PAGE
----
The great thing about using a desktop CNC system, is that if you can draw something, you can make it from just about any material including metals like aluminum. For the holiday weekend my family wanted to go clamming so we could have some real fresh stuffed clams for the holiday weekend. Well, you need some basic items, like a clamming fork, a permit, and a floating basket to harvest your daily half bushel of clams. Well, we could not find our clam Go/No Go gauge so, I simply cut out some from a sheet of aluminum. More commonly known as a Clam Ring, if the game warden catches you without one, you can get fined.
The size limit in Connecticut is 1.5 inches and so the gauge has to have an opening that size. If the clam can fit through the opening, it is too small to keep. So I drew up this simple ring. The smaller hole is for the rope lanyard so you can attach it to your floating basket.
Next I put the CAD Drawing through VCarvePro to assign the proper tool speeds and feeds for the material I was going to cut. This being 0.0625 inch 6061-T6 aluminum, the tool I used was an 1/8-inch single flute end mill, and I selected a 0.020 inch depth of cut, with an RPM of 12,500. The feed was 15mm/sec. and the plunge rate was 10mm/sec. I than saved the data into a G-code tool path file, (the preview is show below). I am using a Stepcraft 2/420 desktop system.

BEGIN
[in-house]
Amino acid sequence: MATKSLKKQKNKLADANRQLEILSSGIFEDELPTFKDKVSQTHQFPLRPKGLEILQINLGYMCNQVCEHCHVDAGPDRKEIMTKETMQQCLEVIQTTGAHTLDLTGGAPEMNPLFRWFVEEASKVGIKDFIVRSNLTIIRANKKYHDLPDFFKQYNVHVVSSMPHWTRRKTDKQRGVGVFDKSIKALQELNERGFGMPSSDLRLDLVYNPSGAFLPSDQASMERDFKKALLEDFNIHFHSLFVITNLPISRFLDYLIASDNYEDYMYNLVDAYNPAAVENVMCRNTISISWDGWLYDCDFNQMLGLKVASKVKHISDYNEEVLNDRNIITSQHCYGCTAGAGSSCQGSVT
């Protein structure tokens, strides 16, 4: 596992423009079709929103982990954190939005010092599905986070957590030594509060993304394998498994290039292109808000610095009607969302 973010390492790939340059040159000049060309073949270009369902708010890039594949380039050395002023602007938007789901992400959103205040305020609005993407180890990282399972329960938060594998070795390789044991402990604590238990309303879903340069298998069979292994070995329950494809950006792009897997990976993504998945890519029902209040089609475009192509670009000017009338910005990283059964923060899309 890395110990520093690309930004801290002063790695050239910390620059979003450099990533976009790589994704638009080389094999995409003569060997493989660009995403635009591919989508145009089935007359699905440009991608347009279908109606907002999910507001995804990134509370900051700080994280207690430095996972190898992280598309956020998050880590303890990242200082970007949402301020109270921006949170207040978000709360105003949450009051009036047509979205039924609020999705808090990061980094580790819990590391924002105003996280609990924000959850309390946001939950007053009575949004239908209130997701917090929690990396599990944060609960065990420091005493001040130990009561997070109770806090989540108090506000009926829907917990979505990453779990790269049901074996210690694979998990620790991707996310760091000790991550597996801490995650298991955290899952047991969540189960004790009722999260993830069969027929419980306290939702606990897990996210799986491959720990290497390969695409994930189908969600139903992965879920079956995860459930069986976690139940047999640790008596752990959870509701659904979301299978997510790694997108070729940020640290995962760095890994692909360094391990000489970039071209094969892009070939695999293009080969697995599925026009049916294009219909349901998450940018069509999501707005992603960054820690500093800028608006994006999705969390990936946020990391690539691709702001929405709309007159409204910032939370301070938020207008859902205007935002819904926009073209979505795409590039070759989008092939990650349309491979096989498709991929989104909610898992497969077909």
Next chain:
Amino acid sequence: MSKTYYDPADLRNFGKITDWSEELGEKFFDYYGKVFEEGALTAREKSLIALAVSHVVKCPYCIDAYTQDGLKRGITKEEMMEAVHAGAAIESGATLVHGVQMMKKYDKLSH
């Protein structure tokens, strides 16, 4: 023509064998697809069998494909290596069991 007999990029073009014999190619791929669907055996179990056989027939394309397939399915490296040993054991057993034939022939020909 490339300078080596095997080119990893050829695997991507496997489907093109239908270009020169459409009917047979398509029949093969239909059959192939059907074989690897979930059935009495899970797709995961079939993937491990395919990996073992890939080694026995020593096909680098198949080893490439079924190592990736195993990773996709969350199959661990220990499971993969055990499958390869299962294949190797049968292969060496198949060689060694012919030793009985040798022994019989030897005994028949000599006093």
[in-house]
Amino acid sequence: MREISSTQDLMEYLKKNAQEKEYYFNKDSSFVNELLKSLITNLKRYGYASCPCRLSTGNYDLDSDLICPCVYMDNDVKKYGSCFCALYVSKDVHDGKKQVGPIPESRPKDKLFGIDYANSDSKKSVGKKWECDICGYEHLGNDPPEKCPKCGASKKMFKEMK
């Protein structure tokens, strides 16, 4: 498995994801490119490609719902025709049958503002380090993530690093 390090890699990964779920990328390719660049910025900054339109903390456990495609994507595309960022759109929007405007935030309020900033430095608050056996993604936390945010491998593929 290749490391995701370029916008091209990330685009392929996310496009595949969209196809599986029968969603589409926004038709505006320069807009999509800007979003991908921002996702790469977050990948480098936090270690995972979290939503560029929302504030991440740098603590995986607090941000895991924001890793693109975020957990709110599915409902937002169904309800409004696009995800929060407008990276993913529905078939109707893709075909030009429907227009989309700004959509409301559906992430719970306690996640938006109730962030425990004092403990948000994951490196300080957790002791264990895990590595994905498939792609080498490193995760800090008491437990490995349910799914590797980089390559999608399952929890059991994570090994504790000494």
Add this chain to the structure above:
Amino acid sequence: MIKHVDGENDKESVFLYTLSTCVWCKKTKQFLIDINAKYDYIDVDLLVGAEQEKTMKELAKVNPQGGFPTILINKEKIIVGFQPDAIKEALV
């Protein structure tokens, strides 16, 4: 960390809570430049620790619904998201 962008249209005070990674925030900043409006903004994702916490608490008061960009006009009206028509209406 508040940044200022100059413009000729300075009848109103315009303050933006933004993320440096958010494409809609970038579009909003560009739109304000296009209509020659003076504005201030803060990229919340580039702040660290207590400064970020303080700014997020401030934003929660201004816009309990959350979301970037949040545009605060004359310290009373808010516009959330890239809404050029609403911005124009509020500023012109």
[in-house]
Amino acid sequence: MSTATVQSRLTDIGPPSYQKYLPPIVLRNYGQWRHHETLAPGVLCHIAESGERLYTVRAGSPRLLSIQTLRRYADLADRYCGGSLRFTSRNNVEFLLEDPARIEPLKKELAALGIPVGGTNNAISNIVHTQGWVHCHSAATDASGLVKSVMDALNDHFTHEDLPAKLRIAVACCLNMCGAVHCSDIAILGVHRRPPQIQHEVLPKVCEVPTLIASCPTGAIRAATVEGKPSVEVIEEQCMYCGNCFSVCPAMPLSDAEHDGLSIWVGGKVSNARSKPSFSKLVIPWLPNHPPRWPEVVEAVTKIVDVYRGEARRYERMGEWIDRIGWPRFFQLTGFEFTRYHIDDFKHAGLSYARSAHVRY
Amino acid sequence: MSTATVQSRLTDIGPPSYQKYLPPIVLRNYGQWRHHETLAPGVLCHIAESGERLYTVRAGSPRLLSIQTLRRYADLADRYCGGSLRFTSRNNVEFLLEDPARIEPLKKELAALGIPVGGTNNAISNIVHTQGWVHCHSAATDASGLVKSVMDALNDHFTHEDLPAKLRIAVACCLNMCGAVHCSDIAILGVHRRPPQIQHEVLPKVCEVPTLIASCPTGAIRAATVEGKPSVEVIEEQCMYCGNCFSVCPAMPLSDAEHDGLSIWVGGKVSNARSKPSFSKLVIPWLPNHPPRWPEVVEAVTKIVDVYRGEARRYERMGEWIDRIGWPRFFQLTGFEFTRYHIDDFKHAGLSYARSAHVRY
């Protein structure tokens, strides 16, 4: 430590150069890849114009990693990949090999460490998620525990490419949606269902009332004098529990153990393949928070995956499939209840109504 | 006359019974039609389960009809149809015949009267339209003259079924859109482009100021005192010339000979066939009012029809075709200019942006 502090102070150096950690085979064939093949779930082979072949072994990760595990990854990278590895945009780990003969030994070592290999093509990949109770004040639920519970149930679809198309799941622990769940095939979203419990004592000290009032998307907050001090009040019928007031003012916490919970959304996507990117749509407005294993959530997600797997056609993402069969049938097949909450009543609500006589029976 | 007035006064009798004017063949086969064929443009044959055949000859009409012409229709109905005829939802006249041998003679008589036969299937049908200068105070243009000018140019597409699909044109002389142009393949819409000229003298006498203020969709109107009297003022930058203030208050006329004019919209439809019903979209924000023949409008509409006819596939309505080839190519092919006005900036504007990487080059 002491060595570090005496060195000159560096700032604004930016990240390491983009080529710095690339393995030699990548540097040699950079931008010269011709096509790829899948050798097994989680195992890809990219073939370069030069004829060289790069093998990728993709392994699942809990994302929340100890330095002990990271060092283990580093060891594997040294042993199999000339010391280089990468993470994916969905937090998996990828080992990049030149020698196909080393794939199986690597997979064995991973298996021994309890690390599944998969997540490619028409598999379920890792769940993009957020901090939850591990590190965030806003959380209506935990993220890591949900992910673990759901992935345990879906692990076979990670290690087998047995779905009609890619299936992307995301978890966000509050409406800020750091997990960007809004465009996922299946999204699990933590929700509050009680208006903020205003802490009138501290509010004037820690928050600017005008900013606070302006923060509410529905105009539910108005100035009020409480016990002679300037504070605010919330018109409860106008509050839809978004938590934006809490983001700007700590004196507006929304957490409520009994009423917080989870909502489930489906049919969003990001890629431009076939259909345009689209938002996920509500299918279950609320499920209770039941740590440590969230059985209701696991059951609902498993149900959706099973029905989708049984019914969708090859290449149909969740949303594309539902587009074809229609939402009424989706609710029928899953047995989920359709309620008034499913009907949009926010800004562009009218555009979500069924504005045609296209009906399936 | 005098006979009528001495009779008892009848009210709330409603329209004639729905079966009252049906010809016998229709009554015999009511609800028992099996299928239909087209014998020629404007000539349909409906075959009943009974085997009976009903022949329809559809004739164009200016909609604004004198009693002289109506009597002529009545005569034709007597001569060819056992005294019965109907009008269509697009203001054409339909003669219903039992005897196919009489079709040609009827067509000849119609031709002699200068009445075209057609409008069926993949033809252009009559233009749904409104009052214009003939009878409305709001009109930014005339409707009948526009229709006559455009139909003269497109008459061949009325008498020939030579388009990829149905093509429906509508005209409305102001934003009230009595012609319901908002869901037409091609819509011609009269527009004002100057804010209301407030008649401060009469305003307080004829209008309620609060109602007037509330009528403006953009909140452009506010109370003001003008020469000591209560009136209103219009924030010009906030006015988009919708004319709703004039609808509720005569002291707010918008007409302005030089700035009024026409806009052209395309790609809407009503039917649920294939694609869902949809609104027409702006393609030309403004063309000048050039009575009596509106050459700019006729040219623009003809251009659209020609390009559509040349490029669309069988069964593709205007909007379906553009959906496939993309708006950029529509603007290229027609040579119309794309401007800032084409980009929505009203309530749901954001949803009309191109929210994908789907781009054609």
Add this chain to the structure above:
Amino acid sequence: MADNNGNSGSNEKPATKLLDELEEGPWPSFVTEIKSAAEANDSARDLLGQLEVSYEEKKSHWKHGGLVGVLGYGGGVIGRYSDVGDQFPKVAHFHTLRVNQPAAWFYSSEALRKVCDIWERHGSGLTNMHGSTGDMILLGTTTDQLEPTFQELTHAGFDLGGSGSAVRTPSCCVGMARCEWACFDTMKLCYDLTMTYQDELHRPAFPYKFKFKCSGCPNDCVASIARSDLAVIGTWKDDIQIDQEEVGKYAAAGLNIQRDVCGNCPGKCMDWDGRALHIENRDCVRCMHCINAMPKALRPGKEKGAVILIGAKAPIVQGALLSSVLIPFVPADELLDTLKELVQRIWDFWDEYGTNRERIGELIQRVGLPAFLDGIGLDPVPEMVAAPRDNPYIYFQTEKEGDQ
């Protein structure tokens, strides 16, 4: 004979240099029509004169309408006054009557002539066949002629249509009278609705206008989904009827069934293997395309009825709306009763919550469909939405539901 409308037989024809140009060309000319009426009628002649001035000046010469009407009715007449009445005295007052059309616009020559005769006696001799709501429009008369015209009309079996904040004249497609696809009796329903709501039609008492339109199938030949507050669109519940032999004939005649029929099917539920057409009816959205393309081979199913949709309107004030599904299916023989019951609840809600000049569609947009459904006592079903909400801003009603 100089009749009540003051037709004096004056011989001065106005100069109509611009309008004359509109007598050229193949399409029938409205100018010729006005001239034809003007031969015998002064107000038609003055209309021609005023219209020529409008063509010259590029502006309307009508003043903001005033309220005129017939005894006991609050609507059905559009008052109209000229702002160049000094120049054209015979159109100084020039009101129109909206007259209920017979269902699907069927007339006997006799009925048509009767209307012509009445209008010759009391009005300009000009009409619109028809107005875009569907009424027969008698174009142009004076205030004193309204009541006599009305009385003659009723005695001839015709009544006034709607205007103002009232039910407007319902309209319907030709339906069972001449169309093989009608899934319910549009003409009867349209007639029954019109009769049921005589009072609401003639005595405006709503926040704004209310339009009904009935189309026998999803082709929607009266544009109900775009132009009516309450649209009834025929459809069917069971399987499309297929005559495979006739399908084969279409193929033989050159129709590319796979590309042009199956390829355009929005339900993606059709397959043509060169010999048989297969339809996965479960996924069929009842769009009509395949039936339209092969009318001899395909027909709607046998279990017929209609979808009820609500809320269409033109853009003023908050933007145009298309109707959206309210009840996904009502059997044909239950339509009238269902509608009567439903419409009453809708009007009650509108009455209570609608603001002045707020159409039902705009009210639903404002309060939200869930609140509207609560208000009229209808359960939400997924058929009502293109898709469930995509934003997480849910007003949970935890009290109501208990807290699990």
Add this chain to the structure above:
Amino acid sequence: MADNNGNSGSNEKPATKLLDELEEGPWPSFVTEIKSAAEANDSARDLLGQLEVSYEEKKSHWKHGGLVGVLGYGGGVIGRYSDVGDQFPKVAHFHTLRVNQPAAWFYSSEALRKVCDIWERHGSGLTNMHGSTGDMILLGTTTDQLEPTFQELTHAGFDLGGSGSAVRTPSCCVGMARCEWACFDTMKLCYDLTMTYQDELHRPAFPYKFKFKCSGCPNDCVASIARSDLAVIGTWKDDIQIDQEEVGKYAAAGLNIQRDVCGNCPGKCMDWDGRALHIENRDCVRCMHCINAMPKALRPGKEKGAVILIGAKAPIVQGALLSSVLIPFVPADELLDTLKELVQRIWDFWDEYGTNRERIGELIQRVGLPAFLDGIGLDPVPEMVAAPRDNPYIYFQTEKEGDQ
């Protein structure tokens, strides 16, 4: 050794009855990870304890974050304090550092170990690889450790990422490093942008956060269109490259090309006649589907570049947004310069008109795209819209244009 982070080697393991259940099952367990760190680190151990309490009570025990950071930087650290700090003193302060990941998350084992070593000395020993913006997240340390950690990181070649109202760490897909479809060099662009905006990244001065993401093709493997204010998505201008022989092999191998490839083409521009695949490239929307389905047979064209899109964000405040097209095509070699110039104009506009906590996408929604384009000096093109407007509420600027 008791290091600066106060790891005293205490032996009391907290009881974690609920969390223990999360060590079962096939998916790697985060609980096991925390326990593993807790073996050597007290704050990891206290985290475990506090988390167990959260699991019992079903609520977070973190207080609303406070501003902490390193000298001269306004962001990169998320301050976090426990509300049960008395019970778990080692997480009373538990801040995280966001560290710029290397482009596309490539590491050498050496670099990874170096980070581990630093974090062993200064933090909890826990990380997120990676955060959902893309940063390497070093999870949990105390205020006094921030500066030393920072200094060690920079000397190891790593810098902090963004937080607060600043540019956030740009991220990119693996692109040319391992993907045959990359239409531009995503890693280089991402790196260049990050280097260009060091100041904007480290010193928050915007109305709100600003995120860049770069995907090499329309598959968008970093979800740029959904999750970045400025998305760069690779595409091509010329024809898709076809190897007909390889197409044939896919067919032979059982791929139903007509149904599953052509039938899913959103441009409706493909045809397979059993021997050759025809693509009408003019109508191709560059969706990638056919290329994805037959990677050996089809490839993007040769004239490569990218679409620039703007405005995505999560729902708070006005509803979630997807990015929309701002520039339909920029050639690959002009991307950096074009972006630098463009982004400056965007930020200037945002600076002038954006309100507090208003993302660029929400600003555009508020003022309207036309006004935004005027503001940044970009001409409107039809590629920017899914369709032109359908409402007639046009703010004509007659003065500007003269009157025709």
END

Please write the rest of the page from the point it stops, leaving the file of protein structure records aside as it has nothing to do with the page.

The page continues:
From here it was an easy matter to “Home All” the CNC machine’s X, Y, and Z axis, and then clamp the aluminum sheet into place. I then moved the tool bit to the job center location and “Zeroed All” the axis. To set the job thickness I used the Stepcraft Tool Depth Sensor and simply hit the Tool Sensor button. Once the tool went through its position cycle, I switched on the CNC, applied some Marvel Mystery Oil to the top of the aluminum and powered up the spindle and hit Run.
For this job, I cut three rings since we have friends who also needed them and as you can see, the job was cut very cleanly. As an experiment I set the tabs to the same thickness as the material as I have had some very thin tabs break during the job.
I simply used a pair of tin snips to release the parts form the job material. It takes only a few seconds to cut through the various tabs.
A little work with some sand paper and a Dremel Moto-Tool and a sanding drum and the clam rings are ready to use. All the edges are rounded and everything is snag free.
Here is our secret test area for clamming! It is in Westport, CT.
As you can see, we got four half bushels of clams this day! Nice and everyone the proper size thanks to our new clam rings.
Fresh out of the steaming pots!
The shells get recycled by crushing them and adding them to the garden.
Stuffed clams anyone!? Equal parts bread crumbs and Ritz crackers. Butter, of course! Parsley, garlic and minced onion. And enough clam juice and eggs to hold it together. Add lemon juice and enjoy!
Of course, you can just as easily make something for your RC model airplane this holiday weekend, like attachment tabs, an engine mount plate, or anything else you would otherwise cut from 1/16 inch thick aluminum. Your imagination is your limit.